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Hat Trick

6 Sep

As the following 3 groups have unwittingly soundtracked dozens of walks down the stretch of the Grand Union Canal I live near, I now feel compelled to say a few words. Yep I’d recommend any/all of em wholeheartedly. It’s a coincidence that all the covers are in black&white – I’m not a colorless miserable fucker, really.

1. FACTRIXArtifact 2-CD (Storm Records, 2003) Astounding sonic terrorists born in a sparsely-inhabited, rotting bit of late 70’s San Francisco. Revisionist history has it that these guys were SF’s answer to THROBBING GRISTLE – which is valid to a point, given the close ties they forged with Monte Cazazza. But that angle ignores the actual music that made FACTRIX so compelling; they exhibit dozens of near-rock impulses every which way ya wanna turn. So it’s not uncommon to find sound-poems built around minimal but insistent JOY DIVISION-like basslines, or mistake a couple songs for better DEAD C. material, or even hear a distinct HOT TUNA influence in the gtr/bass jams found on their one and only LP (included here in its entirety). Nor is it too far-fetched to compare Bond Bergland’s beeline soloing to that of ROXY MUSIC’s Phil Manzanera (Simon Reynolds did here). Bond even drops the occasional power chord into the fray – usually just one, but a power chord it still be – before bending/tearing at his strings in DNA-like fashion. It all lets you know these guys understood this rock thing – in ways Genesis and co. didn’t – even if said interest was pretty peripheral at this point. Smarter punker types will recognize that the Quaaluded vibe exuded across these 2 CDs is of a band who could’ve played with THE TOILING MIDGETS as comfortably as they did at SURVIVAL RESEARCH LABORATORIES showdowns. “Industrial” descriptions be damned; this is simply my kinda act.

2. U.S. CHRISTMASEat The Low Dogs CD (Neurot Records, 2008) You might think these guys sound like HAWKWIND playing CRAZYHORSE riffs and leave it at that. But me, I’m kinda speechless . . . since I’m still coming to terms with the fact that they’ve decided to drag the long-forgotten, tortured ghost of Arizona’s Van Christian and his NAKED PREY into glistening, majestic, post-NEUROSIS territory. This is a great thing, as I always dug NP’s harsh and feral desert esthetic something fierce. These North Caroliners build huge, sunbaked pyramids of rock sound using simple but very effective minor key gtr riffs, desperately strangled vocals (Van Christian I tell ya!), and a mighty but tightly controlled rhythm section. Add an Area 51 tone oscillator stolen from Dik Mik’s attic, hit the lights, and brother: you’ve got a major force to be reckoned with here. Simpletons will inevitably called this stoner rock, but U.S. CHRISTMAS take things far beyond mere retro-heavy, particularly with their darkly apocalyptic, Michael Gira-esque lyrics. Smoke too much weed while listening to this, and your ass will come to believe the Grey Aliens have implanted receptors in your head you can’t never give back. Raysrealm gave at 10 out of 10; I agree wholeheartedly.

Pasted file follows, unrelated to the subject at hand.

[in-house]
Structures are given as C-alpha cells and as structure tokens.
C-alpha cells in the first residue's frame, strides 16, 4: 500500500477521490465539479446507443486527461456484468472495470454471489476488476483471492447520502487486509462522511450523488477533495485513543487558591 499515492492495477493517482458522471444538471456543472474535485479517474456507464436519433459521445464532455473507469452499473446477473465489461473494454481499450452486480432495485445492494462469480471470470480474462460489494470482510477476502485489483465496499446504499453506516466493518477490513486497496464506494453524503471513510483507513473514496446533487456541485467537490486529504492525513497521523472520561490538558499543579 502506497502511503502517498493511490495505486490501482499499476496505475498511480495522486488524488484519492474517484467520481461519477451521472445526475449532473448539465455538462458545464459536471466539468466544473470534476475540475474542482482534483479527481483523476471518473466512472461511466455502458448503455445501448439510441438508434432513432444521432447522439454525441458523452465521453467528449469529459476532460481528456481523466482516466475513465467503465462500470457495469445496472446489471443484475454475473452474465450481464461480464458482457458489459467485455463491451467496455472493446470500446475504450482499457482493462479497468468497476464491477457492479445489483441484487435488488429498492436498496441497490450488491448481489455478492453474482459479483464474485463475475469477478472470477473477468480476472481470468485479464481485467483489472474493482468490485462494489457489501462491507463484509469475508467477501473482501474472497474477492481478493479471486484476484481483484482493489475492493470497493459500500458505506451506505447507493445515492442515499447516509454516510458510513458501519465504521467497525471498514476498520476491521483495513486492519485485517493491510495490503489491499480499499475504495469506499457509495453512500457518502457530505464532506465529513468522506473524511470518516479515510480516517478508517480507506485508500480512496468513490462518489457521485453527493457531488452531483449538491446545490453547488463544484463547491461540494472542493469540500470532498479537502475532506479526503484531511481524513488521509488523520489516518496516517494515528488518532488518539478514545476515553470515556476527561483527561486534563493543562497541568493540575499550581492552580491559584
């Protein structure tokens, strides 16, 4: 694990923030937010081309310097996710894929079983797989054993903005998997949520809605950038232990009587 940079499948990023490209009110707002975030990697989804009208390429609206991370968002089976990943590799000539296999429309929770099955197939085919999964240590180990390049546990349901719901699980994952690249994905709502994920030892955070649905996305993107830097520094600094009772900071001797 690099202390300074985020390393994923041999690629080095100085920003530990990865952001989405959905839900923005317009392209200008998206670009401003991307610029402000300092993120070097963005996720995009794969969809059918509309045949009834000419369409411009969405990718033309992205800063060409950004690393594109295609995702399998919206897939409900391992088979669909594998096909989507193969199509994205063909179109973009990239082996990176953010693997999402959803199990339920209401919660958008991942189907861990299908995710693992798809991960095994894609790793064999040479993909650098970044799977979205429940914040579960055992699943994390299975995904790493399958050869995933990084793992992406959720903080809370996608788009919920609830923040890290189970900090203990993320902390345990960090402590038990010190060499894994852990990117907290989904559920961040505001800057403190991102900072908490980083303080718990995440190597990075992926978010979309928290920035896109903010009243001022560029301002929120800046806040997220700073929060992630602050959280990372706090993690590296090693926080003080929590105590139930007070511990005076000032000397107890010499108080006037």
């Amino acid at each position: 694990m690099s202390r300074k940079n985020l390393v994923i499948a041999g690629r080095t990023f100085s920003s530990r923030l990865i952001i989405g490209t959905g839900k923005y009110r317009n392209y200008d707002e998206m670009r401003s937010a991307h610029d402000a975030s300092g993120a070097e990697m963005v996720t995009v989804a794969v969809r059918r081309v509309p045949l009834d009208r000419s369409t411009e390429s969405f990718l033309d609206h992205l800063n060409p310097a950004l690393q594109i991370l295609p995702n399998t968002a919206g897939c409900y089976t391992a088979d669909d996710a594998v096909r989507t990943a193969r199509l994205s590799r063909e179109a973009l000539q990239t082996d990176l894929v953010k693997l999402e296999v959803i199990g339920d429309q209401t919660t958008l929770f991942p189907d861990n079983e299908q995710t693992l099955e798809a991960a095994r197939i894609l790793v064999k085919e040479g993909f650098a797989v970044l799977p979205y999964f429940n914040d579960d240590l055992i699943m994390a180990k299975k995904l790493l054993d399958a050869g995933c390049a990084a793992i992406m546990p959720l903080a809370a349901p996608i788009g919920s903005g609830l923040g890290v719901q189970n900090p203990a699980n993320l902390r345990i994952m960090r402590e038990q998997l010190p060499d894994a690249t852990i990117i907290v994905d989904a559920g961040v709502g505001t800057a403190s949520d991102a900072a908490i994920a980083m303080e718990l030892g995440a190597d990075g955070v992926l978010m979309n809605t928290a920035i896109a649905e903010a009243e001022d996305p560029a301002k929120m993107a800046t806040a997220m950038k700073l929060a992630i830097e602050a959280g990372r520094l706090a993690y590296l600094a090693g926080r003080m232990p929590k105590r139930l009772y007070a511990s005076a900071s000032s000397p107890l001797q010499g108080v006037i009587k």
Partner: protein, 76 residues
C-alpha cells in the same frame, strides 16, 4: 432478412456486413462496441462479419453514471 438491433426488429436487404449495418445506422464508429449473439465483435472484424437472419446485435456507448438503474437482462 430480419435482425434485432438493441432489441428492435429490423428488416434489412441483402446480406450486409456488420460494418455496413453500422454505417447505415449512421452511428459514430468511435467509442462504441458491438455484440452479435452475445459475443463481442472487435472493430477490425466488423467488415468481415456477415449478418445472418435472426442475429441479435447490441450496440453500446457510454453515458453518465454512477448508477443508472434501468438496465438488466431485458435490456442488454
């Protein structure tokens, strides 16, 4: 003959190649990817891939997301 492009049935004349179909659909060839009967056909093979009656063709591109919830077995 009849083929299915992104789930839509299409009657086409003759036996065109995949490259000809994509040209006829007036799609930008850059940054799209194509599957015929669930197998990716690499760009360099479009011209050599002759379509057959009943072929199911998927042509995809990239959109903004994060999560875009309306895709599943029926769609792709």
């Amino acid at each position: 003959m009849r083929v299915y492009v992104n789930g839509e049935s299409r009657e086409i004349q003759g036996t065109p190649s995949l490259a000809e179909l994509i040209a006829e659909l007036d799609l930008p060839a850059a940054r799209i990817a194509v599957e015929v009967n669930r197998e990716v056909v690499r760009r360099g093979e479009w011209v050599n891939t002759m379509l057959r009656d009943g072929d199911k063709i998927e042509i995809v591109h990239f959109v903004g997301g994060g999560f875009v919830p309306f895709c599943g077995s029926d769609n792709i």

3. NRBQInterstellar 10″ (Sundazed Music, 2003) – two unreleased 11 min.+ live cuts recorded way back in 1970, documenting early excursions of these then-young men diving headlong into realms otherwise only travelled by SUN RA & HIS INTERGALACTIC ARKESTRA. They do RA’s “Rocket #9” and “Next Stop Mars” – both which segue into Terry Adams compositions – in ways only kooky whiteboys who dug RC Cola, Mad Magazine and professional wrestling could’ve come up with back then. This performance of “Rocket #9” is the wildest I’ve yet heard – varying dramatically from the brief, cotton-candied version waxed on their debut LP as well as the more solidly rockin’ version on their Ludlow Garage 1970 disc. Had this been NYC and Lou’s VELVET UNDERGROUND, nobody would’ve batted an art school eyelash at such moxie. But hell man – these were hairy/goofy Kentucky & Florida boys, and they was getting outside for teens in fucking Cincinnati. Nuts! Recent explorations into all things ‘Q have been totally rewarding and consistently surprising for me; I’m now convinced that their uncanny, eclectic slop-pop looseness was a direct inspiration for THE SCENE IS NOW. But it’s this rarely showcased, atonal jazz side of em really has me flabbergasted right now.

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